Fraser teaches reservists lifelong learning skills

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Photo: courtesy of Eric Fraser

The classroom of the 35th Engineers reserves on Wednesday night. The reservists are encouraged to incorporate Fraser’s learning tips in the field and at school.

Eric Fraser’s 35th Engineers reserves regiment takes seriously the reservist lifestyle of fitness, work, and school. In an effort to make the school part a bit easier, Fraser’s Ste. Foy-based reserves unit is about to become the first in Canada to incorporate practical study tips and healthy study habits into its training regiment this fall.

“Many students currently take a very linear approach to studying; they forget the course objectives after reading four or five chapters in a weekend,” said Fraser, a second lieutenant and former industrial design professor at Cegep Ste. Foy. Fraser said the last-minute cramming students rely on has adverse effects on retaining material and on students’ marks.
“The students spend too much time studying for questions the teacher won’t ask,” he said.

Efficient study skills are essential for reservists, who must tackle a busy schedule of both school and military training. About 85 per cent of the reservists in the 35th are enrolled either in high school, cegep or university. Many of them are in demanding science-based programs where knowledge obtained in one course serves as a foundation for the next. Fraser believes that post-secondary institutions take good study habits for granted.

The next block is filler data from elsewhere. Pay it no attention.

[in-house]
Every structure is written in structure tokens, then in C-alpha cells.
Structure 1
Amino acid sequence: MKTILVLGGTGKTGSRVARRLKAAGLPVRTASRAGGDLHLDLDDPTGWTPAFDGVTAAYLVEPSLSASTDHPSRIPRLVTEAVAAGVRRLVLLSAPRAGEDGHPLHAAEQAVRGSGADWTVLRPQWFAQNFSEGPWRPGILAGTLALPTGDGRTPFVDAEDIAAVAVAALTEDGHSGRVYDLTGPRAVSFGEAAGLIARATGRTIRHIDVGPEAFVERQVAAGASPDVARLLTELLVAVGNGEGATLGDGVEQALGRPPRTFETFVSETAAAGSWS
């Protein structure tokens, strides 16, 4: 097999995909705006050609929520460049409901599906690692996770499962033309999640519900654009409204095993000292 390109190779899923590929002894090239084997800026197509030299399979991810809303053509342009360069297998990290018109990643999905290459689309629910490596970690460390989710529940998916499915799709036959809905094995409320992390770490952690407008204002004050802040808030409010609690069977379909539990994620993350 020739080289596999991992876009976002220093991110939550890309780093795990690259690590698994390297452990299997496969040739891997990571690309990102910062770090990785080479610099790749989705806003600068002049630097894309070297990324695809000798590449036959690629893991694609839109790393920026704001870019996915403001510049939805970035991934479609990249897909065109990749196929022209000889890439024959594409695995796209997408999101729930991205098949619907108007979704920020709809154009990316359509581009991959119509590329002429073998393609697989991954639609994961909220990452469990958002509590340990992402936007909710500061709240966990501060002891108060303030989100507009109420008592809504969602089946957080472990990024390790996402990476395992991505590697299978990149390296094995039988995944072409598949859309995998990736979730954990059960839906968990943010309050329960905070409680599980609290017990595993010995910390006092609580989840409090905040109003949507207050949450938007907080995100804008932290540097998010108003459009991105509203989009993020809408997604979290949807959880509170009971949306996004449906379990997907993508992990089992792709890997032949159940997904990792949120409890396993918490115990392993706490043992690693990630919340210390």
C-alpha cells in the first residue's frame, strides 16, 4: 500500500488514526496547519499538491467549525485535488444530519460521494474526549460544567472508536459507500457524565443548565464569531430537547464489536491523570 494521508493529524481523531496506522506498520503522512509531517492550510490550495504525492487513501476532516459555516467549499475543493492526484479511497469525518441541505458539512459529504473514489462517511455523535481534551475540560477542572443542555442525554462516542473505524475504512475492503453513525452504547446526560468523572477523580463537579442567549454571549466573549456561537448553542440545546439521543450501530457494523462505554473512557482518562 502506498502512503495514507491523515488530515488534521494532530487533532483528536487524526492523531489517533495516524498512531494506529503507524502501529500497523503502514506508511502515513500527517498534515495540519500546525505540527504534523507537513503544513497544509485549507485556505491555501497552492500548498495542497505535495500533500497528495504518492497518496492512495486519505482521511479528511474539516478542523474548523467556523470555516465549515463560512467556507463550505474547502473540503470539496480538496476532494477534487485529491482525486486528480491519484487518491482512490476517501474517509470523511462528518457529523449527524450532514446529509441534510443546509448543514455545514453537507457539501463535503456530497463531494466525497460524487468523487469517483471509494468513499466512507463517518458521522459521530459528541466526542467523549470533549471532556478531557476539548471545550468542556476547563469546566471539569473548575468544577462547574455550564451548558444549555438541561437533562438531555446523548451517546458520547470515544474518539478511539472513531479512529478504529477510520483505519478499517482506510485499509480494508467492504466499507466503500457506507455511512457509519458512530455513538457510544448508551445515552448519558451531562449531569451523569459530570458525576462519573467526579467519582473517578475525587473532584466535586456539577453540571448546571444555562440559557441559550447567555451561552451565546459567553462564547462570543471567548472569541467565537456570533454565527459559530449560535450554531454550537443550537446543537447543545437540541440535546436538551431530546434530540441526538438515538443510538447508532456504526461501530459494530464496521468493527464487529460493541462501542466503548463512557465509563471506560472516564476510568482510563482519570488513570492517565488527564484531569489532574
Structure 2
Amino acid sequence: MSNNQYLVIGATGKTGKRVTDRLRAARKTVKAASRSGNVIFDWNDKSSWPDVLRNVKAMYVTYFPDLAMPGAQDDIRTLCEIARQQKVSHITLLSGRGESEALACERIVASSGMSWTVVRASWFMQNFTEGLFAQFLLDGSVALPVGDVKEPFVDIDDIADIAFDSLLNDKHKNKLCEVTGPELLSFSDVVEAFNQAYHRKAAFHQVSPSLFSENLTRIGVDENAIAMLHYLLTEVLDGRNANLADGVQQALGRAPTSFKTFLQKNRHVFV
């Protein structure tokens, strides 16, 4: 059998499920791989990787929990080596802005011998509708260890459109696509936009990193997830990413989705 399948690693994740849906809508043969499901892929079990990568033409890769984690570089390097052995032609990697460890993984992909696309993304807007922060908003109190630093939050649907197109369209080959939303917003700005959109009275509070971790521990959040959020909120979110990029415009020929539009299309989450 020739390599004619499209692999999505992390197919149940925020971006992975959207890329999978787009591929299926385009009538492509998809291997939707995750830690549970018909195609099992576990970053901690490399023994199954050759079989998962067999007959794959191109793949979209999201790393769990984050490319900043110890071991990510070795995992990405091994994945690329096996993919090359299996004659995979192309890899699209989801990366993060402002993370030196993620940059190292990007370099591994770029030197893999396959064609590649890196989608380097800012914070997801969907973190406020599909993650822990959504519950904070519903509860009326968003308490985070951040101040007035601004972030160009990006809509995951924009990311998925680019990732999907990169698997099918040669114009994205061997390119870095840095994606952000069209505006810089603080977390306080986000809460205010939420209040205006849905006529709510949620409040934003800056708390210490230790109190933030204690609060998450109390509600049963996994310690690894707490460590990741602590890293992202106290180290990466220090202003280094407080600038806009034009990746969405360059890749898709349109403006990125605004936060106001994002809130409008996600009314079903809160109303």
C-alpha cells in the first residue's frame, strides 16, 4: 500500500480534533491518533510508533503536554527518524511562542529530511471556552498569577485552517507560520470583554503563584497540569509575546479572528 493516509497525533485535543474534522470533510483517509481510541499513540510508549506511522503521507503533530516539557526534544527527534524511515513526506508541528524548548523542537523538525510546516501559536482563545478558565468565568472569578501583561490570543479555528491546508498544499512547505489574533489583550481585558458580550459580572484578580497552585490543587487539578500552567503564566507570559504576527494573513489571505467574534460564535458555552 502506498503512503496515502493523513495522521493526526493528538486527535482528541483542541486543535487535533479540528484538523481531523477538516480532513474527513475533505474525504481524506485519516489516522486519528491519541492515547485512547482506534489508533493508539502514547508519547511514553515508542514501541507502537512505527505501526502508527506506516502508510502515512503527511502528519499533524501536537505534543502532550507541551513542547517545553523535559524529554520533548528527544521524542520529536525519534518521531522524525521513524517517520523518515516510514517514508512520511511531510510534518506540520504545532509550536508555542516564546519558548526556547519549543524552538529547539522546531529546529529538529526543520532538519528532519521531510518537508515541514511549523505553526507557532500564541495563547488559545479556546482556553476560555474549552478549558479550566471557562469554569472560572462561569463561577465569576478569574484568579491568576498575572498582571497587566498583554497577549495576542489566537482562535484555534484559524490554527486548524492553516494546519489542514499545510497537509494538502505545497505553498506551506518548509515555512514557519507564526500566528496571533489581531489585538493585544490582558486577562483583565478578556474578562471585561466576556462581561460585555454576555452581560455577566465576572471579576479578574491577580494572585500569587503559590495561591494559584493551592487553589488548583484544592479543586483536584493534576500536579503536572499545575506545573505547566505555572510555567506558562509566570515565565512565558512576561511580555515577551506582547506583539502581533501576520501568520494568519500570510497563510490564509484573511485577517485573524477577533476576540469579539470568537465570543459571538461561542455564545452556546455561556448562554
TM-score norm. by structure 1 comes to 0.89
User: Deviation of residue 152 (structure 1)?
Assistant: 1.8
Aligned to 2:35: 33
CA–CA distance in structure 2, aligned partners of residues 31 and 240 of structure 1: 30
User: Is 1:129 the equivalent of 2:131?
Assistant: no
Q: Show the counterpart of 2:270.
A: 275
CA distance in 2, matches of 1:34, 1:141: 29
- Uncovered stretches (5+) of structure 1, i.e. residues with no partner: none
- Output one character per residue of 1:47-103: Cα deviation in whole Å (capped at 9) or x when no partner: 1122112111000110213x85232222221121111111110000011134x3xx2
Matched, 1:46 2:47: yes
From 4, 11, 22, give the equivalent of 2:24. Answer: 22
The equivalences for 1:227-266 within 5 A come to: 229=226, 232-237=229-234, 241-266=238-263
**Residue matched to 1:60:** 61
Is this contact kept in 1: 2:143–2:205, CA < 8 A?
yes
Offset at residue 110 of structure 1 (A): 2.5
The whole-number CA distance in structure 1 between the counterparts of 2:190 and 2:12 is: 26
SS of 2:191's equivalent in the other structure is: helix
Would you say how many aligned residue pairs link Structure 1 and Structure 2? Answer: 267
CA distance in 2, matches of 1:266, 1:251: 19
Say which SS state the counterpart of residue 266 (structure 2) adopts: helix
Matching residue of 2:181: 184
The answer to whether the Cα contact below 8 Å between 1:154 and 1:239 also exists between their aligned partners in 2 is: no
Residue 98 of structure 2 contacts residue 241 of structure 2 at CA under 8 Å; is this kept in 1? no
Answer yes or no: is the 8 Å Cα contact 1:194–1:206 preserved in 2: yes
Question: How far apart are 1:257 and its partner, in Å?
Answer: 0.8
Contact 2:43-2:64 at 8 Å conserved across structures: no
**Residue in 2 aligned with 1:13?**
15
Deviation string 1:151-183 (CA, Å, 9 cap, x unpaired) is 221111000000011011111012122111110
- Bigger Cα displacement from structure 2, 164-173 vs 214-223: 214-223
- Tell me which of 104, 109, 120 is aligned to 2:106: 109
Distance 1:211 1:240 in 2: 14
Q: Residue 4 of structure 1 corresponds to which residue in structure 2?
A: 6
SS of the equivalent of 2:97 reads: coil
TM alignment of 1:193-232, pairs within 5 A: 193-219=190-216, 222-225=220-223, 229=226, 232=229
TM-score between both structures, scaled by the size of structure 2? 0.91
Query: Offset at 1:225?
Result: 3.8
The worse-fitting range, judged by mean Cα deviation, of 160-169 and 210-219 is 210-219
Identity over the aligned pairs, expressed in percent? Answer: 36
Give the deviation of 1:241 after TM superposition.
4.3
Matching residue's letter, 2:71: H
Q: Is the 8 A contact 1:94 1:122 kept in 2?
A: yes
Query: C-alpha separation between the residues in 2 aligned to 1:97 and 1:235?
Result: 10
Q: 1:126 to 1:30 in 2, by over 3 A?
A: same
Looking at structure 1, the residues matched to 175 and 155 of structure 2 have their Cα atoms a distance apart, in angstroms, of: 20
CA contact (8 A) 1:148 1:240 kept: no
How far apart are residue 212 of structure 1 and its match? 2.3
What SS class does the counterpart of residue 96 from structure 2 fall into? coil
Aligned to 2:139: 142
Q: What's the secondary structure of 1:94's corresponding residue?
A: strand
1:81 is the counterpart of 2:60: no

What a reservist learns in the classroom, Fraser said, can be a matter of life or death in the field. “Military engineers are required to do everything from building a road, which begins with surveying the land, diverting water and felling trees, to land-mine identification and disposal,” he explained.

Fraser began drafting a number of lectures on studying last fall, which he hopes will keep his reservists focused on memorizing the most important material. His lectures range from how to write an exam to how to lead a study group.
There are no results yet to prove the lectures are effective, but reservists are telling Fraser they feel less anxious about school because they feel properly prepared.

“I felt a lot less stressed going into the exam because I knew how to focus in on what was required. I didn’t get my mid-term mark yet, but I’m feeling pretty good,” said Maxime Faucher-Boivin, a fourth year mechanical engineering student at Université Laval and a reservist in Fraser’s unit.

Faucher said although he has almost graduated with his bachelor’s degree, he has never had classes teaching him how to study before. Now all of his fellow reservists are going to incorporate Fraser’s tips.
“It took ten minutes to explain. I’m very thankful,” Faucher said.